GDPR defines a data controller as: “a natural or legal person, which alone or jointly with others, determines the purposes and means of personal data processing.” … The data controller will decide the purpose for which personal data is required and what personal data is necessary to fulfil that purpose
The data controller determines the purposes for which and the means by which personal data is processed. So, if your company/organisation decides ‘why’ and ‘how’ the personal data should be processed it is the data controller.
Employees processing personal data within your organisation do so to fulfil your tasks as data controller.
Your company/organisation is a joint controllerwhen together with one or more organisations it jointly determines ‘why’ and ‘how’ personal data should be processed. Joint controllers must enter into an arrangement setting out their respective responsibilities for complying with the GDPR rules.
The main aspects of the arrangement must be communicated to the individuals whose data is being processed.
The data processor processes personal data only on behalfof the controller. The data processor is usually a third party external to the company. However, in the case of groups of undertakings, one undertaking may act as processor for another undertaking.
The duties of the processor towards the controller must be specified in a contract or another legal act. For example, the contract must indicate what happens to the personal data once the contract is terminated. A typical activity of processors is offering IT solutions, including cloud storage. The data processor may only sub-contract a part of its task to another processor or appoint a joint processor when it has received prior written authorisation from the data controller.
One of the questions that raised the most questions for the organisations working on the EU GDPR implementation was what the differences between data controller and data processor under GDPR were.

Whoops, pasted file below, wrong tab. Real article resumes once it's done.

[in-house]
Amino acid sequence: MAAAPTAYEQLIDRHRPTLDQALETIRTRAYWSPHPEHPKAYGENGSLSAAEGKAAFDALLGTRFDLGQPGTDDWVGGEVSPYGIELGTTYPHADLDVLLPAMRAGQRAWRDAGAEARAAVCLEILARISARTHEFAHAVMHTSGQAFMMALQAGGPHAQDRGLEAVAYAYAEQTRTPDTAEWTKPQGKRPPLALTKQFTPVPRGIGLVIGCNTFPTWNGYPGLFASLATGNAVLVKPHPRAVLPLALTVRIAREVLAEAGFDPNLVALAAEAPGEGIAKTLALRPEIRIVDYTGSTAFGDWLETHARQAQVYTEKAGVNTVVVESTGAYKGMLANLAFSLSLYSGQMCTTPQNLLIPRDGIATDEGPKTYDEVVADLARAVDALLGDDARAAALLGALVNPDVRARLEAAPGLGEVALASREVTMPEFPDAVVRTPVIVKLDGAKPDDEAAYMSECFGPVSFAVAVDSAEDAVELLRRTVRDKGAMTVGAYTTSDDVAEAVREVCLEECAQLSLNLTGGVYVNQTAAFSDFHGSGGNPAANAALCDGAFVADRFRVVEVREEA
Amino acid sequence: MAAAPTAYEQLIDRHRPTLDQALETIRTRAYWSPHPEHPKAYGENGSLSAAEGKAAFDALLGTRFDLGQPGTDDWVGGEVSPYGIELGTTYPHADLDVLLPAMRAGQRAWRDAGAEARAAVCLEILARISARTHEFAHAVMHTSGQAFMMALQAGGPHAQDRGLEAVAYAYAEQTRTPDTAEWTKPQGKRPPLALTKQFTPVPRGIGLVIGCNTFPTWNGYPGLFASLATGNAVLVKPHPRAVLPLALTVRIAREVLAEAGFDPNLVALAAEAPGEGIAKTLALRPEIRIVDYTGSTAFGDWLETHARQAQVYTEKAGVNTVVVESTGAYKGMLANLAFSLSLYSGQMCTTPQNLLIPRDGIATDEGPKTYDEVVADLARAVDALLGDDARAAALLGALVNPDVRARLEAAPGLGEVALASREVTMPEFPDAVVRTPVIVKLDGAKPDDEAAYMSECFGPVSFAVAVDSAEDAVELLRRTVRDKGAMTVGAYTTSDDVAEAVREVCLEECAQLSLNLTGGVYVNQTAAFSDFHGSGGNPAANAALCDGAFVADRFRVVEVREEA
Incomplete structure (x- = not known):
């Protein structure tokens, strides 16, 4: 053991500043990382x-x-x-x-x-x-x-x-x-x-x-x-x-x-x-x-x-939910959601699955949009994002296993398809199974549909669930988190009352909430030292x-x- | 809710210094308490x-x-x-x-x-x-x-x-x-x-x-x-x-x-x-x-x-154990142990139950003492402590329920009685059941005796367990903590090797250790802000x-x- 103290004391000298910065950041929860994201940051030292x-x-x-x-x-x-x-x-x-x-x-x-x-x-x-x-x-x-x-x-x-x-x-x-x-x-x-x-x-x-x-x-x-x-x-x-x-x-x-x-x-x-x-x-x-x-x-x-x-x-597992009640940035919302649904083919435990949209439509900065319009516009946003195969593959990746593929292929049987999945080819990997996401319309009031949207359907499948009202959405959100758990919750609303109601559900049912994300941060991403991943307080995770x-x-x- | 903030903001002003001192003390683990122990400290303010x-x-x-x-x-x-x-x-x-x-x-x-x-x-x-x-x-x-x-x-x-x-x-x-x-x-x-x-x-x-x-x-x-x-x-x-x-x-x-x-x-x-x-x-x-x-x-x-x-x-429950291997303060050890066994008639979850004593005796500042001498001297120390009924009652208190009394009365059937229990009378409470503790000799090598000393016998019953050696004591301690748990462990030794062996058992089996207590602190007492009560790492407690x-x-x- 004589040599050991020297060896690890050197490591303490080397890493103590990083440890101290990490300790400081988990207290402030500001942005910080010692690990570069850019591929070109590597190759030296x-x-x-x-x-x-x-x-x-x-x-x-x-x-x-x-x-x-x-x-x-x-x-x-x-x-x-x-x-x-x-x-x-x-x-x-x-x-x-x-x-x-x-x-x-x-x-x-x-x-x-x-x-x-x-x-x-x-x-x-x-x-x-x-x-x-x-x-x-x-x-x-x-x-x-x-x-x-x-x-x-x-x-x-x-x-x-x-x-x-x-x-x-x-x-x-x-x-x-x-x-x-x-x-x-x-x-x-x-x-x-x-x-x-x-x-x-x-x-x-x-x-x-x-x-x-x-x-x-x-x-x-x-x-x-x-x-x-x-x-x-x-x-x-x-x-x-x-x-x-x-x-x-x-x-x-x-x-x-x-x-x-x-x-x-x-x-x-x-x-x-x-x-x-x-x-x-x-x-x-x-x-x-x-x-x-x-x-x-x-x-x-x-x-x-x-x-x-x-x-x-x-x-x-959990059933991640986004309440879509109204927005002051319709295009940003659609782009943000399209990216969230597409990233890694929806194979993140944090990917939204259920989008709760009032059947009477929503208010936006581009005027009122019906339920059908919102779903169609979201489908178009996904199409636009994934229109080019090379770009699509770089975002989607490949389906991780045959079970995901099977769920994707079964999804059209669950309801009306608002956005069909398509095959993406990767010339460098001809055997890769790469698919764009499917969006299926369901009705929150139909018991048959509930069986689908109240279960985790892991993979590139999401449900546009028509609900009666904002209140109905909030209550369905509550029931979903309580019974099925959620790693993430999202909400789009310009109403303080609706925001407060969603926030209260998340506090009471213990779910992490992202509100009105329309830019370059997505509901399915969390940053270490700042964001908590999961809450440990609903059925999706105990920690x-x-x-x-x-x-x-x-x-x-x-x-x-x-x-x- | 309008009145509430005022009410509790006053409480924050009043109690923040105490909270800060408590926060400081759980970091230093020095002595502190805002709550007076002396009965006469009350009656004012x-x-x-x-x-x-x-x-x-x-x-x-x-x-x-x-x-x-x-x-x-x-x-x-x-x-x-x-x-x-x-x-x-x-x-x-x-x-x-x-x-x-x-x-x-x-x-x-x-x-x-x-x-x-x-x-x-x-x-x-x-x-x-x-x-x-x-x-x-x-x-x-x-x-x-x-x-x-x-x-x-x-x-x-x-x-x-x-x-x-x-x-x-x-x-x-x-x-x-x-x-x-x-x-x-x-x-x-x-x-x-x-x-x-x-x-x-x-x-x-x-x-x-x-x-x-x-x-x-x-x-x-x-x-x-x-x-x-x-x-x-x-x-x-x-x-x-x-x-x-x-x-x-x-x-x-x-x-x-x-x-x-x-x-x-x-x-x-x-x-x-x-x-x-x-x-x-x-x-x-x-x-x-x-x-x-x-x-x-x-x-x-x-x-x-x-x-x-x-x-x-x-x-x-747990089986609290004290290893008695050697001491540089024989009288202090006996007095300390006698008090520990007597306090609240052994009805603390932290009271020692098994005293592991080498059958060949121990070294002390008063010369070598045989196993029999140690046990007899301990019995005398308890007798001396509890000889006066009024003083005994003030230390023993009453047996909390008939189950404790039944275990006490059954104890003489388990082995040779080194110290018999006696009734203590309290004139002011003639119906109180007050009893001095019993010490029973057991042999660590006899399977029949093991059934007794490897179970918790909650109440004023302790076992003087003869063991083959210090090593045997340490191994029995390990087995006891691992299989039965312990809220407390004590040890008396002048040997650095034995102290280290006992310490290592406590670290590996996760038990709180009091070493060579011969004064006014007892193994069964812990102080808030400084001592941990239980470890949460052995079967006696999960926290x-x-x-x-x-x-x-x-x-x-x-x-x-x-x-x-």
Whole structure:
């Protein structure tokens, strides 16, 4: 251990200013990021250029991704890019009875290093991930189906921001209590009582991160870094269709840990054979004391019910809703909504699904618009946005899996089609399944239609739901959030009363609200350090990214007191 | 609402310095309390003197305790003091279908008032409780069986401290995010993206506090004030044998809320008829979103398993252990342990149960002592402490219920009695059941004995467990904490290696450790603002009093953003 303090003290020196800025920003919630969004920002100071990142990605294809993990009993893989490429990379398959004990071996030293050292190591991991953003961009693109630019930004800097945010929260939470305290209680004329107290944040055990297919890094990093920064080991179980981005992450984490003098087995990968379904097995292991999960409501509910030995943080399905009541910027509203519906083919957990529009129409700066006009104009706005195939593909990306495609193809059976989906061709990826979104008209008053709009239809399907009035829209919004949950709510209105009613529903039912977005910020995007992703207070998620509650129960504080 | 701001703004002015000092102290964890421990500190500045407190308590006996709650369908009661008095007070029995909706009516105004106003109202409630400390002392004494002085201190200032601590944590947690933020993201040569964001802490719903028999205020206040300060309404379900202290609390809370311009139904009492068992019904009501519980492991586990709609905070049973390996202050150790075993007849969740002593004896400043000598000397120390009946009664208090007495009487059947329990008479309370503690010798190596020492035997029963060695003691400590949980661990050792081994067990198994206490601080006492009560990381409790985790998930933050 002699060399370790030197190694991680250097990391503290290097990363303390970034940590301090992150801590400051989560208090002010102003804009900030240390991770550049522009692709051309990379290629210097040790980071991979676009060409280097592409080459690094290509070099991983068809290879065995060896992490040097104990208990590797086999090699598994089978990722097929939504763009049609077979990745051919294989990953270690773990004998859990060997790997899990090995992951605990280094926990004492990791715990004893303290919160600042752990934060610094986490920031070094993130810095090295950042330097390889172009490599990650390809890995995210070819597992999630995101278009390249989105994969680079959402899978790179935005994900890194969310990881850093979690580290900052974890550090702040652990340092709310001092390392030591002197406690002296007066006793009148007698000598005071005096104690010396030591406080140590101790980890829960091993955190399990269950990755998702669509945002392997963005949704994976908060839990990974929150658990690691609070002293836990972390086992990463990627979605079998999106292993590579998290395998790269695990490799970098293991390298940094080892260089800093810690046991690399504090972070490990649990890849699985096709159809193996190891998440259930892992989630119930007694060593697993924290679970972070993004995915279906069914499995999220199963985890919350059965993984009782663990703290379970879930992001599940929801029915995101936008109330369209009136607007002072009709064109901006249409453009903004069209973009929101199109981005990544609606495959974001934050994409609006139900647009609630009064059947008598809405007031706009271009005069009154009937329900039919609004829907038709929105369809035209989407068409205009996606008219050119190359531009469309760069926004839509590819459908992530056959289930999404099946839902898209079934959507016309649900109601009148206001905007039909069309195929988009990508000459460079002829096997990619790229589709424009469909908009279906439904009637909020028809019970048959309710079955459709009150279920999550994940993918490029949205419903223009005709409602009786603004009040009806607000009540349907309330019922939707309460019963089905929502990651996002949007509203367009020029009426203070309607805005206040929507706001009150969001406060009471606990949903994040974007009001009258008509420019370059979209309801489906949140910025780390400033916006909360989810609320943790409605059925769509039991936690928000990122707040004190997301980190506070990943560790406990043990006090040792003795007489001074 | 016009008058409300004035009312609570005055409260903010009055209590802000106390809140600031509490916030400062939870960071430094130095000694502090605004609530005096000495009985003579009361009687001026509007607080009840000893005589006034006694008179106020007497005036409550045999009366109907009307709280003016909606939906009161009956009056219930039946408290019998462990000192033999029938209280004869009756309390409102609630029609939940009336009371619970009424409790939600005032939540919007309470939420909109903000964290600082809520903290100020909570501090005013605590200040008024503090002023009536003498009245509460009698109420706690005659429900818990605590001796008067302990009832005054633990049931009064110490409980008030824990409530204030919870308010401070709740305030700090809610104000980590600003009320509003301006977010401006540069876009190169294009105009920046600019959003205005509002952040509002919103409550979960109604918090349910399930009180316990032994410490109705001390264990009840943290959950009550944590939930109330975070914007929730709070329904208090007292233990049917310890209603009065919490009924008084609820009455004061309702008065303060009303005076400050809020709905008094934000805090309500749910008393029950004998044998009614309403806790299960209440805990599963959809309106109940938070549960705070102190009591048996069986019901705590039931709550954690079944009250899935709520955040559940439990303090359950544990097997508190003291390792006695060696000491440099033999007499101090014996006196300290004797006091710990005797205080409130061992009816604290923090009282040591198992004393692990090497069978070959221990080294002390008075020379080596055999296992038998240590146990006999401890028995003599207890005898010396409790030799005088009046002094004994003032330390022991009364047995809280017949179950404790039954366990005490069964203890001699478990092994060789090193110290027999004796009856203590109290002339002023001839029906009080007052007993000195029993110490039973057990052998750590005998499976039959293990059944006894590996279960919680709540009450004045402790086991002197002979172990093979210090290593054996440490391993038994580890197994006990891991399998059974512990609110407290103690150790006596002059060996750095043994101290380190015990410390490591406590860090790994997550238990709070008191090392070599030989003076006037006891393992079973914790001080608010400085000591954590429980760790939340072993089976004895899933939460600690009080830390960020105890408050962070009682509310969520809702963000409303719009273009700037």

There are however situations where the role can be a data controller, or a data processor, or both.
According to Article 4 of the EU GDPR, different roles are identified as indicated below:
- Controller – “means the natural or legal person, public authority, agency or other body which, alone or jointly with others, determines the purposes and means of the processing of personal data”
- Processor – “means a natural or legal person, public authority, agency or other body which processes personal data on behalf of the controller”
So, the organisations that determine the means of processing personal data are controllers, regardless of whether they directly collect the data from data subjects. For example, a bank (controller) collects the data of its clients when they open an account, but it is another organisation (processor) that stores, digitizes, and catalogues all the information produced on paper by the bank. Both organisations (controller and processor) are responsible for handling the personal data of these customers.